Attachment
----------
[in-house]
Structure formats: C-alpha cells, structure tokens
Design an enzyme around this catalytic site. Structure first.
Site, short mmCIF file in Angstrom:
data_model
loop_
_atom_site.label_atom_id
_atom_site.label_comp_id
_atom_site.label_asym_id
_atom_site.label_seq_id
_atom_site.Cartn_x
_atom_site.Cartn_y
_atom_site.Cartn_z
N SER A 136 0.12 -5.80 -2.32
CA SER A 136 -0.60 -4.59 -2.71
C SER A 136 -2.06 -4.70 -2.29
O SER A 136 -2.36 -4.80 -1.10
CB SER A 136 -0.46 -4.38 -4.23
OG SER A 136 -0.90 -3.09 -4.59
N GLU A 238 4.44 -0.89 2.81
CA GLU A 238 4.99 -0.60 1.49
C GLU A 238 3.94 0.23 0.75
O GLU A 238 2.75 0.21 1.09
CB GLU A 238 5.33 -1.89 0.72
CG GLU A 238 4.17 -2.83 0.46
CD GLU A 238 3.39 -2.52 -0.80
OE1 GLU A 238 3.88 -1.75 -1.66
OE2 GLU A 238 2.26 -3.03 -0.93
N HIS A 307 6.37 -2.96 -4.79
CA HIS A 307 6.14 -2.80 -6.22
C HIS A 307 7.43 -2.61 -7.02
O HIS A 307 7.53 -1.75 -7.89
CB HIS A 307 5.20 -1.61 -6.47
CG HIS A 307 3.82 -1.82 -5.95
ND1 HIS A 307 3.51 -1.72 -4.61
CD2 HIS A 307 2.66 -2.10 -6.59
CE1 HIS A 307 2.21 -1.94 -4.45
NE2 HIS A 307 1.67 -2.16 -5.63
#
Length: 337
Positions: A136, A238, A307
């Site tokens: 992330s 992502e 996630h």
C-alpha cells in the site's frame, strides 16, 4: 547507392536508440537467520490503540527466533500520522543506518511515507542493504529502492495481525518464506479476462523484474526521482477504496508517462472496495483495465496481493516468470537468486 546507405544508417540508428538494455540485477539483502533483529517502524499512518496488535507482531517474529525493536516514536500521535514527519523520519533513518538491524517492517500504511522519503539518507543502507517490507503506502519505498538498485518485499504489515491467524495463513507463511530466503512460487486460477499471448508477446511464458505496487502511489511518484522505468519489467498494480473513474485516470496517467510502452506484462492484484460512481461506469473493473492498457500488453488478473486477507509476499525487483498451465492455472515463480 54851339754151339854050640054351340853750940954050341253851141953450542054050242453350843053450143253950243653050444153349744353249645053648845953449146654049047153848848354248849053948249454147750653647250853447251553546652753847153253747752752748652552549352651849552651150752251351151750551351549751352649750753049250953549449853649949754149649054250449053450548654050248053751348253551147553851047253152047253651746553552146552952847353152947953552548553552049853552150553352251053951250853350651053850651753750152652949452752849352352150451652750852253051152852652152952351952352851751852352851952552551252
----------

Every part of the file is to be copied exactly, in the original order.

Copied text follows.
[in-house]
Structure formats: C-alpha cells, structure tokens
Design an enzyme around this catalytic site. Structure first.
Site, short mmCIF file in Angstrom:
data_model
loop_
_atom_site.label_atom_id
_atom_site.label_comp_id
_atom_site.label_asym_id
_atom_site.label_seq_id
_atom_site.Cartn_x
_atom_site.Cartn_y
_atom_site.Cartn_z
N SER A 136 0.12 -5.80 -2.32
CA SER A 136 -0.60 -4.59 -2.71
C SER A 136 -2.06 -4.70 -2.29
O SER A 136 -2.36 -4.80 -1.10
CB SER A 136 -0.46 -4.38 -4.23
OG SER A 136 -0.90 -3.09 -4.59
N GLU A 238 4.44 -0.89 2.81
CA GLU A 238 4.99 -0.60 1.49
C GLU A 238 3.94 0.23 0.75
O GLU A 238 2.75 0.21 1.09
CB GLU A 238 5.33 -1.89 0.72
CG GLU A 238 4.17 -2.83 0.46
CD GLU A 238 3.39 -2.52 -0.80
OE1 GLU A 238 3.88 -1.75 -1.66
OE2 GLU A 238 2.26 -3.03 -0.93
N HIS A 307 6.37 -2.96 -4.79
CA HIS A 307 6.14 -2.80 -6.22
C HIS A 307 7.43 -2.61 -7.02
O HIS A 307 7.53 -1.75 -7.89
CB HIS A 307 5.20 -1.61 -6.47
CG HIS A 307 3.82 -1.82 -5.95
ND1 HIS A 307 3.51 -1.72 -4.61
CD2 HIS A 307 2.66 -2.10 -6.59
CE1 HIS A 307 2.21 -1.94 -4.45
NE2 HIS A 307 1.67 -2.16 -5.63
#
Length: 337
Positions: A136, A238, A307
């Site tokens: 992330s 992502e 996630h």
C-alpha cells in the site's frame, strides 16, 4: 547507392536508440537467520490503540527466533500520522543506518511515507542493504529502492495481525518464506479476462523484474526521482477504496508517462472496495483495465496481493516468470537468486 546507405544508417540508428538494455540485477539483502533483529517502524499512518496488535507482531517474529525493536516514536500521535514527519523520519533513518538491524517492517500504511522519503539518507543502507517490507503506502519505498538498485518485499504489515491467524495463513507463511530466503512460487486460477499471448508477446511464458505496487502511489511518484522505468519489467498494480473513474485516470496517467510502452506484462492484484460512481461506469473493473492498457500488453488478473486477507509476499525487483498451465492455472515463480 54851339754151339854050640054351340853750940954050341253851141953450542054050242453350843053450143253950243653050444153349744353249645053648845953449146654049047153848848354248849053948249454147750653647250853447251553546652753847153253747752752748652552549352651849552651150752251351151750551351549751352649750753049250953549449853649949754149649054250449053450548654050248053751348253551147553851047253152047253651746553552146552952847353152947953552548553552049853552150553352251053951250853350651053850651753750152652949452752849352352150451652750852253051152852652152952351952352851751852352851952552551252